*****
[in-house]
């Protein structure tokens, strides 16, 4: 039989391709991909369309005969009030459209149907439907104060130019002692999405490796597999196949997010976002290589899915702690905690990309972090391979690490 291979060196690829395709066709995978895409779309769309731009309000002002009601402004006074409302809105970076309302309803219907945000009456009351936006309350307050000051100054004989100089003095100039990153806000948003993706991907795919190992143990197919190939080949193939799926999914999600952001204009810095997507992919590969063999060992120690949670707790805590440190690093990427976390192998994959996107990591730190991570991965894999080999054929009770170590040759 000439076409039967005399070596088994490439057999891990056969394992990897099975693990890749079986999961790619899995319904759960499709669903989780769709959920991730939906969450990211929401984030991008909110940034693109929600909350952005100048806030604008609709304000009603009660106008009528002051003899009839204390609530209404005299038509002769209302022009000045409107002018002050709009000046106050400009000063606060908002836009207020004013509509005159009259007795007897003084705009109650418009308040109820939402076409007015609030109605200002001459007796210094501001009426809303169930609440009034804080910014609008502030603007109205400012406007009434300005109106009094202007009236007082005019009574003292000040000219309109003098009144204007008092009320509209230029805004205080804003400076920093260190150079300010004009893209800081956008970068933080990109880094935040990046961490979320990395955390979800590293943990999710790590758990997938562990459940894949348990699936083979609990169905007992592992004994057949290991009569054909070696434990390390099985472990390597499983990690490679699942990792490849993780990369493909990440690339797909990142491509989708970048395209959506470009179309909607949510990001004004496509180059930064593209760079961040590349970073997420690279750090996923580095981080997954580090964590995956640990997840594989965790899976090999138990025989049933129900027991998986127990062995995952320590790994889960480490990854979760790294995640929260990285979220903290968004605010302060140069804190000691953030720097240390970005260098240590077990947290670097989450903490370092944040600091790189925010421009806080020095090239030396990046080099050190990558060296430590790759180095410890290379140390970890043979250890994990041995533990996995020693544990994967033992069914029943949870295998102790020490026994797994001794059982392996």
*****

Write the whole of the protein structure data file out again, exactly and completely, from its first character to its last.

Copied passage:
[in-house]
């Protein structure tokens, strides 16, 4: 039989391709991909369309005969009030459209149907439907104060130019002692999405490796597999196949997010976002290589899915702690905690990309972090391979690490 291979060196690829395709066709995978895409779309769309731009309000002002009601402004006074409302809105970076309302309803219907945000009456009351936006309350307050000051100054004989100089003095100039990153806000948003993706991907795919190992143990197919190939080949193939799926999914999600952001204009810095997507992919590969063999060992120690949670707790805590440190690093990427976390192998994959996107990591730190991570991965894999080999054929009770170590040759 000439076409039967005399070596088994490439057999891990056969394992990897099975693990890749079986999961790619899995319904759960499709669903989780769709959920991730939906969450990211929401984030991008909110940034693109929600909350952005100048806030604008609709304000009603009660106008009528002051003899009839204390609530209404005299038509002769209302022009000045409107002018002050709009000046106050400009000063606060908002836009207020004013509509005159009259007795007897003084705009109650418009308040109820939402076409007015609030109605200002001459007796210094501001009426809303169930609440009034804080910014609008502030603007109205400012406007009434300005109106009094202007009236007082005019009574003292000040000219309109003098009144204007008092009320509209230029805004205080804003400076920093260190150079300010004009893209800081956008970068933080990109880094935040990046961490979320990395955390979800590293943990999710790590758990997938562990459940894949348990699936083979609990169905007992592992004994057949290991009569054909070696434990390390099985472990390597499983990690490679699942990792490849993780990369493909990440690339797909990142491509989708970048395209959506470009179309909607949510990001004004496509180059930064593209760079961040590349970073997420690279750090996923580095981080997954580090964590995956640990997840594989965790899976090999138990025989049933129900027991998986127990062995995952320590790994889960480490990854979760790294995640929260990285979220903290968004605010302060140069804190000691953030720097240390970005260098240590077990947290670097989450903490370092944040600091790189925010421009806080020095090239030396990046080099050190990558060296430590790759180095410890290379140390970890043979250890994990041995533990996995020693544990994967033992069914029943949870295998102790020490026994797994001794059982392996």